Gridding in Reservoir Simulation

Author: Ilina Yusra

One of the key questions that reservoir engineers come across in their work is how to determine the minimum number of grid blocks required in a reservoir model. Whether it is a full-field model or a simpler model, determining the number of grid blocks needed is not necessarily trivial, and failing in the choice of a number of grid blocks may result in a misleading result or longer CPU run times than needed.

One of the basics of reservoir simulation is the finite-difference formulation. It discretizes the spatial segmentation of the model into smaller parts, so-called grid blocks. By using Taylor series expansion, the error term (or sometimes known as discretization error) is second-order proportional to the grid block size (Δx2). In other words, the smaller the grid blocks the smaller the error.

Reducing the error is what one should aim for, in such case, all one needs to do is to use as many grid blocks as possible. However, the CPU time can increase significantly with the larger number of grid blocks. Imagine if the simulation took days, then increasing grid blocks might cost weeks if not months to finish. Then how do we find the optimum grid blocks number that can counterbalance smaller error and faster CPU time?

Our approach to find the optimum number of grid blocks is as follows:

  1. Start with a complete input dataset of the model. It is important to make sure that these not-grid-related inputs do not change during the gridding sensitivity.
  2. Choose the “starting” number of grid blocks along x-, y- and z-direction (Nx, Ny, Nz) arbitrarily based on experience and/or requirements for the particular process being simulated (e.g. depletion, EOR, both depletion, and EOR).
  3. Run the simulation one time. This will be the starting point for the gridding sensitivity (base case).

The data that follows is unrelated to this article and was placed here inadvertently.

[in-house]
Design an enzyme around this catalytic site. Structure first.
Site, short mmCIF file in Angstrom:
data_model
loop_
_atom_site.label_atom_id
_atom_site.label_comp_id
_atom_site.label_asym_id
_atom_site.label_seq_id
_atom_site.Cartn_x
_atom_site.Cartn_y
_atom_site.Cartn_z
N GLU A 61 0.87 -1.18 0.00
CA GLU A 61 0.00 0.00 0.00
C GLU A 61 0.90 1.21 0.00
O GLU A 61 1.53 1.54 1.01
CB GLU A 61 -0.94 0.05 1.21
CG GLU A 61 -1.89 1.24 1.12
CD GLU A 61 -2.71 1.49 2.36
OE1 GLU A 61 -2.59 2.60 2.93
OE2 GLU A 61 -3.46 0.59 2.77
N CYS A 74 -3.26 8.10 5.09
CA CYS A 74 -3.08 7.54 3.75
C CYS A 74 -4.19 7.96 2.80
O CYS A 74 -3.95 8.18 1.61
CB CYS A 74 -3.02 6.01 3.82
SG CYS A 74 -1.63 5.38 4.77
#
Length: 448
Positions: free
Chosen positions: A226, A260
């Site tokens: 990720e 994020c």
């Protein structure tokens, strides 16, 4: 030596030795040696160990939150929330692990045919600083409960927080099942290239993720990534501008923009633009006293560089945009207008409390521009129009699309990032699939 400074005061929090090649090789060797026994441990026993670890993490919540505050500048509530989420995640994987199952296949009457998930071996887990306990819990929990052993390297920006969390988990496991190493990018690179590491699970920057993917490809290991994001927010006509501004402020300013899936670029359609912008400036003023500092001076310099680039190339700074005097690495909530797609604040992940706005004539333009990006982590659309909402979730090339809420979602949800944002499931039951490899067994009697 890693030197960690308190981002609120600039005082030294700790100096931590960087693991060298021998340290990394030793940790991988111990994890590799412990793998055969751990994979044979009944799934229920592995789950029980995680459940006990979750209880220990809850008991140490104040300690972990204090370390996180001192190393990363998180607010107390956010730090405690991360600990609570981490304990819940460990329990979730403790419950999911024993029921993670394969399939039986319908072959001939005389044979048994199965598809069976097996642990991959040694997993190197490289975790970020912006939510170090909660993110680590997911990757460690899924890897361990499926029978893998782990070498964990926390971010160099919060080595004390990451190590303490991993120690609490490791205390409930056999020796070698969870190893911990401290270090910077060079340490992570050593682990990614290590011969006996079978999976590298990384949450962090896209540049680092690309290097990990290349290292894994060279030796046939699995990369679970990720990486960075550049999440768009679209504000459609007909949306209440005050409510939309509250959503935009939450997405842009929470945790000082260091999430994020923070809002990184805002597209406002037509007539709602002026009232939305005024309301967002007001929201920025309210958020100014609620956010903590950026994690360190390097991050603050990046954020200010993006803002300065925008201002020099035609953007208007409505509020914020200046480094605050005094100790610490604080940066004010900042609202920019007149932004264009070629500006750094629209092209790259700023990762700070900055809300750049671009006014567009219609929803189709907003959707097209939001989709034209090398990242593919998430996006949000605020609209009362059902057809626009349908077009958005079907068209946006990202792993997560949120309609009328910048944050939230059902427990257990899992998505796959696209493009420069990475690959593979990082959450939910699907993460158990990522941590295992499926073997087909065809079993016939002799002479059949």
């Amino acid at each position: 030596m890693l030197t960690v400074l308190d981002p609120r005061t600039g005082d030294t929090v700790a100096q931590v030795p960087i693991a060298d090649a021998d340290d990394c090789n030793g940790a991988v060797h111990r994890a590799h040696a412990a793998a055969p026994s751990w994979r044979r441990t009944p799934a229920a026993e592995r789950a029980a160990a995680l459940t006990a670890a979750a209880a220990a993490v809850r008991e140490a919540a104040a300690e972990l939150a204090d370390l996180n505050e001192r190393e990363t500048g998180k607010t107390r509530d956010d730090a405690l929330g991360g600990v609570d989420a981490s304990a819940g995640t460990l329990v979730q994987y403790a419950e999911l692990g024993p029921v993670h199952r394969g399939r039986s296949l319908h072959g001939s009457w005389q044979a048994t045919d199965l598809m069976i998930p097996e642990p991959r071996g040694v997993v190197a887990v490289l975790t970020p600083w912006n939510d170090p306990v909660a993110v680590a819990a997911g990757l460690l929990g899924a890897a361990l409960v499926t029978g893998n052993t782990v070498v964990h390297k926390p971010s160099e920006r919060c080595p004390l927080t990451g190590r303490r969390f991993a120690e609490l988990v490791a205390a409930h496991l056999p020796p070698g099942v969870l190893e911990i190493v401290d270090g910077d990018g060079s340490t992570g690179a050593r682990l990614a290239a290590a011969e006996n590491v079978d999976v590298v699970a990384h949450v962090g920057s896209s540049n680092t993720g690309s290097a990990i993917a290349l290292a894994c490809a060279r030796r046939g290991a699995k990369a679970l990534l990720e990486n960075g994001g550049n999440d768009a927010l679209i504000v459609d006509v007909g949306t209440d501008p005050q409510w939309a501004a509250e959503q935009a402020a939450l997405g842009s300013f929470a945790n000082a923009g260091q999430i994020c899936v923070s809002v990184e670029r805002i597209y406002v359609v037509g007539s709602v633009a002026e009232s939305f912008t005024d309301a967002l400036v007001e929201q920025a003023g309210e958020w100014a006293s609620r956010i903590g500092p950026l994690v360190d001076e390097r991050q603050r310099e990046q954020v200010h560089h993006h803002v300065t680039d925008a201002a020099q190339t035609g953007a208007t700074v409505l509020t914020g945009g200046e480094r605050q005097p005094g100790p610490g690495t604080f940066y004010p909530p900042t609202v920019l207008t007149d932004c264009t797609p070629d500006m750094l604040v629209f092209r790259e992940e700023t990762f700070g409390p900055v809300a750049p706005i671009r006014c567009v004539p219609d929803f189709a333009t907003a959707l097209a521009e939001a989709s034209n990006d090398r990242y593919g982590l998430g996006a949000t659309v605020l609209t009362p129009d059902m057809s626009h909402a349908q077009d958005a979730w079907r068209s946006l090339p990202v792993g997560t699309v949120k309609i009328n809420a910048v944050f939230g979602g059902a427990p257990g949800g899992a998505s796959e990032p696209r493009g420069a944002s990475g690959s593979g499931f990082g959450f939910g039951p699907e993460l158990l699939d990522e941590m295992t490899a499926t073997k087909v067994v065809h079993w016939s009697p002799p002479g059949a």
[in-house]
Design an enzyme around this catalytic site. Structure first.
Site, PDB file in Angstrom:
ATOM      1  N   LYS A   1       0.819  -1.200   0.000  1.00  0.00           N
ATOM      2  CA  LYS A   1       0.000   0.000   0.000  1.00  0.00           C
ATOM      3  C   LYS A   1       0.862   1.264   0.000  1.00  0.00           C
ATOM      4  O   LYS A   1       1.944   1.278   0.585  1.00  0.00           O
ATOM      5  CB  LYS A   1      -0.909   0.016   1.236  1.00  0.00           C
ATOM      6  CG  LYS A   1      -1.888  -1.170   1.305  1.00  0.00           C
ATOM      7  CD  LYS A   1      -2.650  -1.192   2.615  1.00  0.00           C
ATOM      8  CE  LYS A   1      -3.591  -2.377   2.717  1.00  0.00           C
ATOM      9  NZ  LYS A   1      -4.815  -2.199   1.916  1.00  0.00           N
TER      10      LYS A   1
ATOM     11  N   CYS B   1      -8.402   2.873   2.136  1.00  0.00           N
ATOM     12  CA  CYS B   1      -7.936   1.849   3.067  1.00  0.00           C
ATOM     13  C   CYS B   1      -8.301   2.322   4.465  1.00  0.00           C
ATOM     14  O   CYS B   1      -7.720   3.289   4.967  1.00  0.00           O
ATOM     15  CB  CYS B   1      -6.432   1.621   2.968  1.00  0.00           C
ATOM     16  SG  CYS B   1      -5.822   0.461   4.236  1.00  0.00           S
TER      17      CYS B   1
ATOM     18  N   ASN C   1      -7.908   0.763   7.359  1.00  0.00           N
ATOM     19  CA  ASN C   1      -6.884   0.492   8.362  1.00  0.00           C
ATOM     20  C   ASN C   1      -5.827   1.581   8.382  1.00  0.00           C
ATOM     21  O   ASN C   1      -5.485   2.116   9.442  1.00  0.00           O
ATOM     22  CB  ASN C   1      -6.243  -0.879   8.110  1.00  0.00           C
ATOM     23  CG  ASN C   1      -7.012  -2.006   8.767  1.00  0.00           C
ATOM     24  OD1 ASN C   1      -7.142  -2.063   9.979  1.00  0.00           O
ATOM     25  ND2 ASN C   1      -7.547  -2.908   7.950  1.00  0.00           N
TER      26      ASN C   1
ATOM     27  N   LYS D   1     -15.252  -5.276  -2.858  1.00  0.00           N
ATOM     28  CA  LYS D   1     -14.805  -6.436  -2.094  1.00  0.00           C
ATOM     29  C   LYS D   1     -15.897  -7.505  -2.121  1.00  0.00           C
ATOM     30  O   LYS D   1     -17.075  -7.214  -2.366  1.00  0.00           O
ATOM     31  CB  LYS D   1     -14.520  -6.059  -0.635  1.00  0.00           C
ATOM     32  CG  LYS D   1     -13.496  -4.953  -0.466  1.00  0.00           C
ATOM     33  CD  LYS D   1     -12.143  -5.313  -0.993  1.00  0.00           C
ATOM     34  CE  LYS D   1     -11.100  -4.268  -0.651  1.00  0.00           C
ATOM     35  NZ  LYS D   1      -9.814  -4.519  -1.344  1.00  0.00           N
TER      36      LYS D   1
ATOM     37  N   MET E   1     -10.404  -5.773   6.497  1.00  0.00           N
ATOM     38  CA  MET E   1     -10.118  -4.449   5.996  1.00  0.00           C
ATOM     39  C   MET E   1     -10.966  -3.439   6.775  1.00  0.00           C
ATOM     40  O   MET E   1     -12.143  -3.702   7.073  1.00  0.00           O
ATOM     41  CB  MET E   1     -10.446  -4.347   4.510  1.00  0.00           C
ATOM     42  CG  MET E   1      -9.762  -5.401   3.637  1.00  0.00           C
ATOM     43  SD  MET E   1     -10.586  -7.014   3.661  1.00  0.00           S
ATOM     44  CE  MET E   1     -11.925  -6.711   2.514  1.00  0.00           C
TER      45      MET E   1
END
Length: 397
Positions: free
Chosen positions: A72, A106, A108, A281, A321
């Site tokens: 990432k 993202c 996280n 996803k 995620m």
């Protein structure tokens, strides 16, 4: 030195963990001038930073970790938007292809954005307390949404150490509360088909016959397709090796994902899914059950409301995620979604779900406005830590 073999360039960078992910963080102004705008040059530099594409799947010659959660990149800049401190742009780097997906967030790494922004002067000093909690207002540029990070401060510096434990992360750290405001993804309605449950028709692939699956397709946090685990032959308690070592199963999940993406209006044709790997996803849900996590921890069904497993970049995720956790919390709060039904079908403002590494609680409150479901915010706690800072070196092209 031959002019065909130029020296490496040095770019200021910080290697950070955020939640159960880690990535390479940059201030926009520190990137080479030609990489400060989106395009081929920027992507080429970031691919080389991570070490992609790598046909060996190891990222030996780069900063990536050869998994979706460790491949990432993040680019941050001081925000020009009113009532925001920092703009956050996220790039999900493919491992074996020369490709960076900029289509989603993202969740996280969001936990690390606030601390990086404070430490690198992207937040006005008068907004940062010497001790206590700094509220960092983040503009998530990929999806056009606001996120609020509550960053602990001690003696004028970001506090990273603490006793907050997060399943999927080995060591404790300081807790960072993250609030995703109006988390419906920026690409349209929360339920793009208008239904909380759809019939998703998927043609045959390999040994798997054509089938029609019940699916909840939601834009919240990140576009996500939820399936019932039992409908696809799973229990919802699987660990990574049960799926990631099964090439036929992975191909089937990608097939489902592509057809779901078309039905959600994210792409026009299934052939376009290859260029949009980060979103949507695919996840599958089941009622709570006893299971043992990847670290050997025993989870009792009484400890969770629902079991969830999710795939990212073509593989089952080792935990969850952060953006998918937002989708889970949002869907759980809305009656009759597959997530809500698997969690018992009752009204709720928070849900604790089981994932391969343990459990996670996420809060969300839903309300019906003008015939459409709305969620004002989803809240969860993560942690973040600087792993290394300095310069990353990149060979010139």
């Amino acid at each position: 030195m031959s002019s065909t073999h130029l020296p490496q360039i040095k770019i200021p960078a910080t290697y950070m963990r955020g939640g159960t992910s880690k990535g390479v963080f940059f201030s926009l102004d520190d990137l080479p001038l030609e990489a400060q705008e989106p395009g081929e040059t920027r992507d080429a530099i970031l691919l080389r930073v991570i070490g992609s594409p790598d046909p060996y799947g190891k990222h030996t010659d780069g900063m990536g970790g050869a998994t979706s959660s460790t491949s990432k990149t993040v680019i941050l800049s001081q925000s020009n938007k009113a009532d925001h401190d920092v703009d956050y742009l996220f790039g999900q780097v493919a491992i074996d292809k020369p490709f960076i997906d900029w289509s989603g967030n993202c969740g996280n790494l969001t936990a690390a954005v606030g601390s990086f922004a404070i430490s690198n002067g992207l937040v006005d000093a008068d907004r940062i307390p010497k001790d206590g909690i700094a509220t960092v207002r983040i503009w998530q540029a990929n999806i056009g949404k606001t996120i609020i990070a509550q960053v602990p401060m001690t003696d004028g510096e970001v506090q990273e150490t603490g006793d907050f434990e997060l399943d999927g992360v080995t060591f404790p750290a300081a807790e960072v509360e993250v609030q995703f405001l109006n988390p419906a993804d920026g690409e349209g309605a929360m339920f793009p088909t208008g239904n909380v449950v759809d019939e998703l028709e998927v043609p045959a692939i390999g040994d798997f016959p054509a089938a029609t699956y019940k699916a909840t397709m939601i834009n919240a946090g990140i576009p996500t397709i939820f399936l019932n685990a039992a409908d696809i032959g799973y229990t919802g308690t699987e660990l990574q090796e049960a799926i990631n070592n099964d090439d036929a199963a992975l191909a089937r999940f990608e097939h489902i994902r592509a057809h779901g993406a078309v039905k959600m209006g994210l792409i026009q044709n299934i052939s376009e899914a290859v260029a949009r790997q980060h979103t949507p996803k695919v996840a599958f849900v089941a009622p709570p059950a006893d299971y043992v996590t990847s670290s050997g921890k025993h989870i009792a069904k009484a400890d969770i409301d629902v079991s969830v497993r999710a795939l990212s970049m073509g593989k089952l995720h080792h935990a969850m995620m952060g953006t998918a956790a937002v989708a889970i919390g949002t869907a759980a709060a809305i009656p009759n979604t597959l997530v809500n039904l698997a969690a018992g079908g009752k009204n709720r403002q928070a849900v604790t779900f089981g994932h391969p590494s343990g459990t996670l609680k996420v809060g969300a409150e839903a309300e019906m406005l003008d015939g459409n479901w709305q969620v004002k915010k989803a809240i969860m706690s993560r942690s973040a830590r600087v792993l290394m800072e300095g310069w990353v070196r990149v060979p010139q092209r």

4. Run a new case where Nx is increased while Ny and Nz are kept the same. Compare the results with the base case.
  5. Keep increasing Nx until the results “converge”, i.e. little “line-thickness” change in the reservoir model performance is seen with an increasing number of grid blocks. The minimum number of grid blocks needed to reach convergence will be the optimal Nx.
  6. Repeat steps 4 and 5 for Ny and Nz, respectively.

We will show you a simple exercise doing the gridding sensitivity. A one-dimensional homogeneous problem with 10 ft length, 2 ft width and 40 ft thick is carried out to model a reservoir oil system in a tight (nano-darcy) unconventional. The initial reservoir pressure is 6500 psia and reservoir temperature is set to 213o F. A producer well is located in the middle of the model and production is constrained by a minimum flowing bottomhole pressure of 1000 psia. The simulation is run for 100 days of primary depletion. To begin, Nx was set to 4, then Nx was increased until the results converge. The results are portrayed in the figures below.

Figure 1 – Oil recovery profile
Figure 2 – Producing GOR Profile

As the number of grid blocks in x-direction increases, the results start to converge to a single solution. The pressure and oil recovery from Nx=80 (green line) and Nx=100 (red line) are practically within line thickness. Moving forward Nx=80 can be used as “optimal”. From the results, the model with fewer Nx than the minimum needed predicts a “better” performance for the reservoir, while in fact the actual results are camouflaged by poor gridding.

However, as one studies more complex behavior such as early-time GOR development, RTA/PTA applications (with small-time requirements being important), or gas Huff-n-Puff EOR, further assessment of grid sensitivity may be made necessary, resulting in a larger number of grid blocks to provide a converged solution. Grid sensitivity can be a strong function of the process being modeled. Furthermore, the results can vary with the non-grid related input data – e.g. initial fluid system.

The grid size spacing can also impact the number of grids required to achieve a converged solution – e.g. equal grid sizes versus grid sizes that increase away from the wellbore. A geometrically increasing grid size is optimal for a vertical well with radial gridding, resulting in approximately the same pressure drop across each grid cell.

The tradeoff between run time and accuracy is complex and requires diligent studies of relevant models and processes. For large full-field models, the grid sensitivity may need to be run on representative sector models to reduce run time requirements for the gridding assessment.

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